15 Aug 2014 Bobbie Thomas Brings Her IVF Experience to the BUZZ
Growing societal acceptance of in vitro fertilization (IVF) and other forms of assisted reproductive technology has resulted, in part, from efforts by medical professionals, advocacy organizations and the media, including TV and film creators, to bring visibility to the issue. The more we know about ART and the families who are helped by it, the more comfortable with the topic we all become. But nothing speaks to individuals as powerfully as the shared experience of another human being, and that is what Today Style Editor Bobbie Thomas is contributing to the conversation.
Thomas, 39, and husband Michael Marion, an attorney, realized soon after their May 2013 marriage that the best opportunity for them to become parents would be IVF. Thomas underwent an initial round of treatment in May, which was unsuccessful. Upon undertaking the second round earlier this summer, Thomas made the decision to use her highly visible Today Show podium as a way to get the topic out in the open and potentially make others undergoing fertility treatment feel more comfortable and less alone in the process. She first disclosed her situation to her Facebook followers. “When I posted to my Facebook page that I was not pregnant, but was hoping to become so with the help of IVF, I was astounded by the outpouring of love and encouragement from people who I’ve never even met,” she wrote later.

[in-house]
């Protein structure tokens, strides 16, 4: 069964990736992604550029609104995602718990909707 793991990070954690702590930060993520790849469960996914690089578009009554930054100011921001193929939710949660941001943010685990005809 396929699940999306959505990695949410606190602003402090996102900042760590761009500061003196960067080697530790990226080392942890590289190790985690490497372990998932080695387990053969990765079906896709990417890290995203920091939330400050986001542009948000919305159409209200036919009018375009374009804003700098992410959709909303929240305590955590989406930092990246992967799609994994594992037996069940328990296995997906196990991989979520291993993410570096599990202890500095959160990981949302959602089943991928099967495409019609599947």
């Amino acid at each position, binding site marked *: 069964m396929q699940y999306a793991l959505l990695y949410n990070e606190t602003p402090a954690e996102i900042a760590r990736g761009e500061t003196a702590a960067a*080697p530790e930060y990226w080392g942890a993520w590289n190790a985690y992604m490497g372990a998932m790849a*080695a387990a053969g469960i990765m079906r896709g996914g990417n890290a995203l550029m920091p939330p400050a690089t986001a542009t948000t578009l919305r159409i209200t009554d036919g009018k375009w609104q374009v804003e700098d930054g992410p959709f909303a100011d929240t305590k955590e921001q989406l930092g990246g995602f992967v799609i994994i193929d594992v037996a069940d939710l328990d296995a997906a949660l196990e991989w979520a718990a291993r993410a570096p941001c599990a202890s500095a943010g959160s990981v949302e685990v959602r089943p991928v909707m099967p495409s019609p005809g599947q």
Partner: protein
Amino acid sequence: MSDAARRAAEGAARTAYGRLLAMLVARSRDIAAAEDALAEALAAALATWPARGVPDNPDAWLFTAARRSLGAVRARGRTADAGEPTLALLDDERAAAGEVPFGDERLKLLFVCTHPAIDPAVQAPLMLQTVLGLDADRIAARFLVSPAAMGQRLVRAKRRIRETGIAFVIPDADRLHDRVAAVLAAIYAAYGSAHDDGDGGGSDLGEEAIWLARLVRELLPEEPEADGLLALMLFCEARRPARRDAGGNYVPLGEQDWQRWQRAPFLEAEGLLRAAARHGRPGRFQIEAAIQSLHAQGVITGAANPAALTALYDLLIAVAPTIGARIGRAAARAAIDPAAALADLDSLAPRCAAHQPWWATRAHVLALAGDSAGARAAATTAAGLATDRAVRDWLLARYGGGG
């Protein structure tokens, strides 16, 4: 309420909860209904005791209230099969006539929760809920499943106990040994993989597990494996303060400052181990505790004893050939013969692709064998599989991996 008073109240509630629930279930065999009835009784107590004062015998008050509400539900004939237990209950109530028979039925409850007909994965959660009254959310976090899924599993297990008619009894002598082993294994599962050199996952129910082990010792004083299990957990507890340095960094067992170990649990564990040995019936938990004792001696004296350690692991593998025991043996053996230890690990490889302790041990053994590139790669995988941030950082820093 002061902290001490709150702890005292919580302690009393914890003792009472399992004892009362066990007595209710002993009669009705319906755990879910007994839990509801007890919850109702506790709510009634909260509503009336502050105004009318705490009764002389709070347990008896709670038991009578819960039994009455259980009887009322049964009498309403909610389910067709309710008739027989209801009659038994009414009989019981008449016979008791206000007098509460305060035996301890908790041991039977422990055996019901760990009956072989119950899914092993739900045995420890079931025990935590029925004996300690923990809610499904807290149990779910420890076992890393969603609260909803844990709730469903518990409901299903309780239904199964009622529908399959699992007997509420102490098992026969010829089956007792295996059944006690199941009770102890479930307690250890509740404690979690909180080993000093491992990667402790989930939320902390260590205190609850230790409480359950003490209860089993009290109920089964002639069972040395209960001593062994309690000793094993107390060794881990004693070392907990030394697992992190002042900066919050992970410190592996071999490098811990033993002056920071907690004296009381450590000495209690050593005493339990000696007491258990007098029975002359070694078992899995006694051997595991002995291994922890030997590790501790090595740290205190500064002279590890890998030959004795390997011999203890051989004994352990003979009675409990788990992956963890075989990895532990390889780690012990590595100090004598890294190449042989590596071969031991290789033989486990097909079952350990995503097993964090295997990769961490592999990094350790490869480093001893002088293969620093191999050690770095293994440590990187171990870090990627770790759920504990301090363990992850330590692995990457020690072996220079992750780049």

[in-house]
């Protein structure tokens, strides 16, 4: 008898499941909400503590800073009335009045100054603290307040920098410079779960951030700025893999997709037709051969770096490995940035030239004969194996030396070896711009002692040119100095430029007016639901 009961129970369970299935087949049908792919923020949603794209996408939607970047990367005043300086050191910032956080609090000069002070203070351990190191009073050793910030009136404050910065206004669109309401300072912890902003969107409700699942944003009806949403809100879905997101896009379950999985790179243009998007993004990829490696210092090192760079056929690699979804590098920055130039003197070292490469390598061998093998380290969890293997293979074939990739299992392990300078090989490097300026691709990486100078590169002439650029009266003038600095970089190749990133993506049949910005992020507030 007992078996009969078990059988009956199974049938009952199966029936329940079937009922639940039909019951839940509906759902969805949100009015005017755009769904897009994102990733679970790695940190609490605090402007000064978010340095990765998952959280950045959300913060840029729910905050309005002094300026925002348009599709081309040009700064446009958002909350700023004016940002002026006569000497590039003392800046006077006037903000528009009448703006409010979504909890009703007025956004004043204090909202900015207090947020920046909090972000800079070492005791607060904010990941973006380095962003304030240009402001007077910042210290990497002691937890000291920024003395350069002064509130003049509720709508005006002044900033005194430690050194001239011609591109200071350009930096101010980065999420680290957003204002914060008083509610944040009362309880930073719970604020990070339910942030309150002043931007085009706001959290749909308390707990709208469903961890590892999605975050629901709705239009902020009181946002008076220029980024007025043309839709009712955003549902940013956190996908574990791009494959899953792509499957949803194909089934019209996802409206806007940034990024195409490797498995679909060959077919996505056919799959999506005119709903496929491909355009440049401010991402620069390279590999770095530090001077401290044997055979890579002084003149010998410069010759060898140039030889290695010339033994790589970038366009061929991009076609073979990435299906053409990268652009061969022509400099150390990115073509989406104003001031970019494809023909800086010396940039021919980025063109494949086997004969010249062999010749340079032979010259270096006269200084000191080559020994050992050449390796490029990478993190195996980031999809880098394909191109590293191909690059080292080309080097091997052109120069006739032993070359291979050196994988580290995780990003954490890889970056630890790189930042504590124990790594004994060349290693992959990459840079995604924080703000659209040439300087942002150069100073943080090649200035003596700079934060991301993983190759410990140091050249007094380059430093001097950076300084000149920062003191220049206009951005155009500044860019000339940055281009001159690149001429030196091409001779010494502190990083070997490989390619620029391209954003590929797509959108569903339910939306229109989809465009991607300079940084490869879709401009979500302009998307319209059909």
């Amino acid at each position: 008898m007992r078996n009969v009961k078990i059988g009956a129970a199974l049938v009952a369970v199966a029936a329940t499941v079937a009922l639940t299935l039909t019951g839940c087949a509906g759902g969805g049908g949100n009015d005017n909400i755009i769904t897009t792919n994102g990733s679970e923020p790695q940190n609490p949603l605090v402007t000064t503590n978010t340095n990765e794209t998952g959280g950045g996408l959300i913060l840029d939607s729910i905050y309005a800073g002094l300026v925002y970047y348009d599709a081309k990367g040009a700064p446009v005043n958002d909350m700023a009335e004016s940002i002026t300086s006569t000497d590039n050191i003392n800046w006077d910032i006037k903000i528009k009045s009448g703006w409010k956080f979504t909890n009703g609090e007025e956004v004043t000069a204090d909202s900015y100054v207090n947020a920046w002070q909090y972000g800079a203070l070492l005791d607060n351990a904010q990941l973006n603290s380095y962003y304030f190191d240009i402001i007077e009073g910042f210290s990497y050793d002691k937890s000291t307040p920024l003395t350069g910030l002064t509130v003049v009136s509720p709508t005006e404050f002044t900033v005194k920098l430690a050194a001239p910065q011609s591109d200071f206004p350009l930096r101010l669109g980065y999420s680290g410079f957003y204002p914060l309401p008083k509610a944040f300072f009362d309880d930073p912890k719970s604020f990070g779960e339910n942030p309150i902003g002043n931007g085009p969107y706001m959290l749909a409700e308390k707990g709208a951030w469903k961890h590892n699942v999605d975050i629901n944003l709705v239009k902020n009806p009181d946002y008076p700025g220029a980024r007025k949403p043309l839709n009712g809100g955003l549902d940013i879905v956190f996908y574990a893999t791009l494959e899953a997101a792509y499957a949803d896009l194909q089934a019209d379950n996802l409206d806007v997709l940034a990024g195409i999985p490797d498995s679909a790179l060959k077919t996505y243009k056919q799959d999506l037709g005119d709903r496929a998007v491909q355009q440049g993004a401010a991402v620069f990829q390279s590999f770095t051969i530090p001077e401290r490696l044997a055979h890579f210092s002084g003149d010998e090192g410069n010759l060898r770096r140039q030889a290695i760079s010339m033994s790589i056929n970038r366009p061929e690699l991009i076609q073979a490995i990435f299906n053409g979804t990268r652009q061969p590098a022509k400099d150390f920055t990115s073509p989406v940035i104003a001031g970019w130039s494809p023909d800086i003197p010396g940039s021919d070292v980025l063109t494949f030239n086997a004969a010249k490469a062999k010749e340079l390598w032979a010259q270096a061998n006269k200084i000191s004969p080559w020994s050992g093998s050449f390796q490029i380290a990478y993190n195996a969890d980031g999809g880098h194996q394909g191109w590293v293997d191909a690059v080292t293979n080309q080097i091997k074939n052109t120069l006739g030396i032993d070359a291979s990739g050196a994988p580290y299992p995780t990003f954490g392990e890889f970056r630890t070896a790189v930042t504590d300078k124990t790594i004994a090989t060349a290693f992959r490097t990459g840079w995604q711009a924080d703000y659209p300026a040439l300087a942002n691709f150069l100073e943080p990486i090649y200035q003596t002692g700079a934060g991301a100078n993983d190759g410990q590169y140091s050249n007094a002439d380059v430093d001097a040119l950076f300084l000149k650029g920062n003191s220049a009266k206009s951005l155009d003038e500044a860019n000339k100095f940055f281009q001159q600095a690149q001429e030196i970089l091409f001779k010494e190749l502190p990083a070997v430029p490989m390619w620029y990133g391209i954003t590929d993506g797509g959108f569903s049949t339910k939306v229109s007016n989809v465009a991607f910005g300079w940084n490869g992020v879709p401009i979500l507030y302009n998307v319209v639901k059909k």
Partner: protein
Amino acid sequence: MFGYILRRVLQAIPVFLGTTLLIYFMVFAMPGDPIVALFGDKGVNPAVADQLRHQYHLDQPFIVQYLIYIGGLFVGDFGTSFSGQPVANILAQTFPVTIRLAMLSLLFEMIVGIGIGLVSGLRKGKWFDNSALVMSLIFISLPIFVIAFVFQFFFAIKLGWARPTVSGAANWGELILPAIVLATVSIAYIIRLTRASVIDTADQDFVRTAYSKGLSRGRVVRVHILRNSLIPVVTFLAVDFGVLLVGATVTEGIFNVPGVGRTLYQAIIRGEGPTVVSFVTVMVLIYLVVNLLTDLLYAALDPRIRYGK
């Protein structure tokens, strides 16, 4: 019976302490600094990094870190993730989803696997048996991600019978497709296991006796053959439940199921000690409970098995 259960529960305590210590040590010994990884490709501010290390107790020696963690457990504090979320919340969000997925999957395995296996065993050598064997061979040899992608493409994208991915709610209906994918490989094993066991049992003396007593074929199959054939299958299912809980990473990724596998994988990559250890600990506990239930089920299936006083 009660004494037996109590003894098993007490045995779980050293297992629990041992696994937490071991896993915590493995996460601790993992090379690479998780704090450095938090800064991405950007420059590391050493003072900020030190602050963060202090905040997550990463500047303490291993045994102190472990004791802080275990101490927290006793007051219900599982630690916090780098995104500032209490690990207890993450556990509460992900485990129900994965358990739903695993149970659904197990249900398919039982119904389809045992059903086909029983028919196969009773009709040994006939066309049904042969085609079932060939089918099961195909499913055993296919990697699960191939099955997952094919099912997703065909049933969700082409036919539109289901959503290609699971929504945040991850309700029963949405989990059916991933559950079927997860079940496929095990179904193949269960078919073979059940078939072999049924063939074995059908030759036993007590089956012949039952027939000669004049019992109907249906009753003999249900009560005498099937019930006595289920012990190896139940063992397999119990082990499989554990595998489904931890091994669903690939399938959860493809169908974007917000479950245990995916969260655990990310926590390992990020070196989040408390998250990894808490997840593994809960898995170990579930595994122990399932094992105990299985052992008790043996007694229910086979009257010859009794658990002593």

On a special segment of the Today Show, Thomas told co-anchors Kathie Lee Gifford and Hota Kotb: “I have to say the biggest reason I wanted to really talk about this is because it’s hard enough, as you see, to go through, but to make something a secret—I saw myself whispering here in the hallways, and so many women were going through it.”
Even in the U.S., where IVF, surrogacy, egg and sperm donation and other ART procedures have become relatively common, and many legal protections are in place, people going through the experience often feel stigmatized, even shamed or embarrassed. Those feelings are a cultural phenomenon, and not a benign one. All too often, stigma, shame and societal disapproval, in the U.S. and other parts of the world, obstruct the development of good laws and public policies that would make assisted reproductive technology more accessible, safer and more legally secure for millions of intended parents and their families. Kudos to Bobbie Thomas for having the courage and generosity of spirit to use her spotlight to shed light on her very human condition.